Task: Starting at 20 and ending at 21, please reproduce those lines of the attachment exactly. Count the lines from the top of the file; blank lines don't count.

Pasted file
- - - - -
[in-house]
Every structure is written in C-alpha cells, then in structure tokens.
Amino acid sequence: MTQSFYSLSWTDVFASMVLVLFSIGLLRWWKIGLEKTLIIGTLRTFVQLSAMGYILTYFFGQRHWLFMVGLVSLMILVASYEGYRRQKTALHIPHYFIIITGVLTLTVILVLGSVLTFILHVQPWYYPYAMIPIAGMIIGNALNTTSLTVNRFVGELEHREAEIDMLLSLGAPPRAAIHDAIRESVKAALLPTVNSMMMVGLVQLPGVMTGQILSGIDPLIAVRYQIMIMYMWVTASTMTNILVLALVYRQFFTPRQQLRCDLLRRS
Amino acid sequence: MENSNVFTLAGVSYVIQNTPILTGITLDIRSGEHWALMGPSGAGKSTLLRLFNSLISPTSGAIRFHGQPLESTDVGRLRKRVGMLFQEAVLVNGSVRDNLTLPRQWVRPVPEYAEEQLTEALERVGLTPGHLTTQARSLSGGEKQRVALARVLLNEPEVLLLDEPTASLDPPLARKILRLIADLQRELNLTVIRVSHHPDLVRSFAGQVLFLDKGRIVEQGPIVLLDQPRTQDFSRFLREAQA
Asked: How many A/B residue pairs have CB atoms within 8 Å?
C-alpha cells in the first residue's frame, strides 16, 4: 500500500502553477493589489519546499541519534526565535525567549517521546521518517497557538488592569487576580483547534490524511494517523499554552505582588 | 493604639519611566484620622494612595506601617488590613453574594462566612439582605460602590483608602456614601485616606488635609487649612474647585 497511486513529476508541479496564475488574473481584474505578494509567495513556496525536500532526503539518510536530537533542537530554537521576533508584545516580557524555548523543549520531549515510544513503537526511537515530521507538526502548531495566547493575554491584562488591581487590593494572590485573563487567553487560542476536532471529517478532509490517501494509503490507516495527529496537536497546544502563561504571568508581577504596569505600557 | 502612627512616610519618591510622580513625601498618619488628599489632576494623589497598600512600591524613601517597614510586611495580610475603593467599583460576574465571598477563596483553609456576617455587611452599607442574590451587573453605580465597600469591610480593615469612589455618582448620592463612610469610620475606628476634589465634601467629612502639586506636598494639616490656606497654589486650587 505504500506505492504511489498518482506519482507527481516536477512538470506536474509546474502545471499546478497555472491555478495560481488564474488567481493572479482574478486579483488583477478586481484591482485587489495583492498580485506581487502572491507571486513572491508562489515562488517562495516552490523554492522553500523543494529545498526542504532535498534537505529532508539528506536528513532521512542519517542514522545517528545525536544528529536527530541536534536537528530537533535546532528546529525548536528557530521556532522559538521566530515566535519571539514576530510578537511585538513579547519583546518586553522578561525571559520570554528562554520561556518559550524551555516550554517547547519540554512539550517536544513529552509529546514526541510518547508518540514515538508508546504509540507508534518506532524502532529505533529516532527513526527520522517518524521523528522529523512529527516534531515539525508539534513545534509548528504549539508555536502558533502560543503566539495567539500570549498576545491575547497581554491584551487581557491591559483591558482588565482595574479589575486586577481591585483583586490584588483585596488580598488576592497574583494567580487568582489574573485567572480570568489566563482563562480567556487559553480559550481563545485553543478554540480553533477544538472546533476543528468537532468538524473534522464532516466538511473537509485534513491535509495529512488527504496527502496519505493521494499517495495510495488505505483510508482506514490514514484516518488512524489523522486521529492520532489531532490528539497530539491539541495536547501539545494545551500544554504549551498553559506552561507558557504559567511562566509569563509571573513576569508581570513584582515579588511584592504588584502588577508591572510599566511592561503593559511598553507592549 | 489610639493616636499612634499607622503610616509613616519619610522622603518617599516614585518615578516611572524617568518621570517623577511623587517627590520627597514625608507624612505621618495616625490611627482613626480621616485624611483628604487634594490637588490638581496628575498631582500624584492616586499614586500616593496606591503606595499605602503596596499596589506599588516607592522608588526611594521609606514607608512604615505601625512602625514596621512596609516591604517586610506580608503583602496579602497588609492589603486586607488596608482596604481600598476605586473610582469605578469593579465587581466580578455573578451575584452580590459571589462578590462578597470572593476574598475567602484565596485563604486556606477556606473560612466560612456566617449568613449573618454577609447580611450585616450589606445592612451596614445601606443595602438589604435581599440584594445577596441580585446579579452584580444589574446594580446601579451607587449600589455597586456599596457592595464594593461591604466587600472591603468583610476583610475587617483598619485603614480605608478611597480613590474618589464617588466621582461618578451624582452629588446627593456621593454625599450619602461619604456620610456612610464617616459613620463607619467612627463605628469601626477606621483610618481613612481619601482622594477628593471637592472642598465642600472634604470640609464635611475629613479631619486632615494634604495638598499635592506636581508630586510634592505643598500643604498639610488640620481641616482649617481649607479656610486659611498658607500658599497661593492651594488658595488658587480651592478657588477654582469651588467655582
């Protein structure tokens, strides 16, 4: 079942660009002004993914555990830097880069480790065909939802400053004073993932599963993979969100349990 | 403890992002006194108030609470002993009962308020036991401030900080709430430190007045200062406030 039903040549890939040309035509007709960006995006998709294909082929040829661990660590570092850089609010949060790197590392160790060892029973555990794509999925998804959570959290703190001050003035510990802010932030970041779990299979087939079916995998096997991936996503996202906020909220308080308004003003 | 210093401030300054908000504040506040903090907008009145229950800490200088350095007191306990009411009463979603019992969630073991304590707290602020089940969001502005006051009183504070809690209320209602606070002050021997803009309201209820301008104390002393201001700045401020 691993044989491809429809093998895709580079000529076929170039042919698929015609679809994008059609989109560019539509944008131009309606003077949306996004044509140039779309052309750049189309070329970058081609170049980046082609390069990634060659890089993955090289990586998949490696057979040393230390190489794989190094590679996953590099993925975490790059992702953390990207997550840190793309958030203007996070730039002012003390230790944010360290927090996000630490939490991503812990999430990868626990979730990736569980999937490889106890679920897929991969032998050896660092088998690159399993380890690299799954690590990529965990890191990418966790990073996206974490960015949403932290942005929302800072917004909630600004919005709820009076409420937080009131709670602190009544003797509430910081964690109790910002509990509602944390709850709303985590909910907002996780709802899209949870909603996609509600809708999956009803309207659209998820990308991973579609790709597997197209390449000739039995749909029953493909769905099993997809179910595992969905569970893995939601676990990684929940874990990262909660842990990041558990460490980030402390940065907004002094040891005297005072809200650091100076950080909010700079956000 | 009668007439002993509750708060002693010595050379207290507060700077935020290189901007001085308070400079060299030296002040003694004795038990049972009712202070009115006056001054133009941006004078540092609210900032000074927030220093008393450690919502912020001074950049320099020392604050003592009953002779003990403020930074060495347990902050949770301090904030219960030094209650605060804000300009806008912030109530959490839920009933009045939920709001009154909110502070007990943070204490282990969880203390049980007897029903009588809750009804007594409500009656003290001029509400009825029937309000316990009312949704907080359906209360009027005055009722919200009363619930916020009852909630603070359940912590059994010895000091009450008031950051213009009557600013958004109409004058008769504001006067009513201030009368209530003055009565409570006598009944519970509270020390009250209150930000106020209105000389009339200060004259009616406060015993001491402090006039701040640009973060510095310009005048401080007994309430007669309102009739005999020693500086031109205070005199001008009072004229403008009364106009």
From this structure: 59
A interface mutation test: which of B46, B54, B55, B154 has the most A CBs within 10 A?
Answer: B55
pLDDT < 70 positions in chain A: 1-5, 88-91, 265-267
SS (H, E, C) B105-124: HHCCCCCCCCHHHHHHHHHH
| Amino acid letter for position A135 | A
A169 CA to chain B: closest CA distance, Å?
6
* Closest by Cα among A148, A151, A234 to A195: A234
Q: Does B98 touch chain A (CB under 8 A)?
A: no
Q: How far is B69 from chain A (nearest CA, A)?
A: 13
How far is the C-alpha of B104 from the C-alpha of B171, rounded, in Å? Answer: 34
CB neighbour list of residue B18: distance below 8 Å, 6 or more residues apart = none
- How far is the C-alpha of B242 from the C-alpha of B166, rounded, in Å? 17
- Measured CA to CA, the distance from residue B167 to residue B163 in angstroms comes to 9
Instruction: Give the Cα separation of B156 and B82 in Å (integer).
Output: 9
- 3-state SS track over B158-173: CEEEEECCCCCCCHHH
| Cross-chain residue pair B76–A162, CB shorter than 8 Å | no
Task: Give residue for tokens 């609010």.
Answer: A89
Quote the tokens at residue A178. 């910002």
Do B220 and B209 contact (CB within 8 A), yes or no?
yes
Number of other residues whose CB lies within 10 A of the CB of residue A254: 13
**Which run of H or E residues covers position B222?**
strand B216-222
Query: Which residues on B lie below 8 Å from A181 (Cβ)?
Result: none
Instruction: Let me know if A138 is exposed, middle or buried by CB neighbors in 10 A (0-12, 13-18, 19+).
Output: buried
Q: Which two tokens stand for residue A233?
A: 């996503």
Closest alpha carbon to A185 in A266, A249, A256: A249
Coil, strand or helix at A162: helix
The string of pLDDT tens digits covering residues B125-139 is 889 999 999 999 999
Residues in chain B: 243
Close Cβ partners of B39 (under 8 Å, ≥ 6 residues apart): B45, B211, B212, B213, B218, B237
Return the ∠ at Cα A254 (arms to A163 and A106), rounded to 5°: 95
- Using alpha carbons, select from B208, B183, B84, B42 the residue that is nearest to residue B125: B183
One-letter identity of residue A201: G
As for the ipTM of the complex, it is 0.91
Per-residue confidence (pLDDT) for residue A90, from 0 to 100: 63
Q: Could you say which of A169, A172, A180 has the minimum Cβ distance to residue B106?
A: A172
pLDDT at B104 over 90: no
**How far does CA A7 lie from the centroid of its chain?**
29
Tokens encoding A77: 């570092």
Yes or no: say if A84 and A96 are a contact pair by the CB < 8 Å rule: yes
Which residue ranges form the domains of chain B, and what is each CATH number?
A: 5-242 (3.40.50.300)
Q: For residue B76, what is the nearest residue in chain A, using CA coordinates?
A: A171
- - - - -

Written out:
A: 13
How far is the C-alpha of B104 from the C-alpha of B171, rounded, in Å? Answer: 34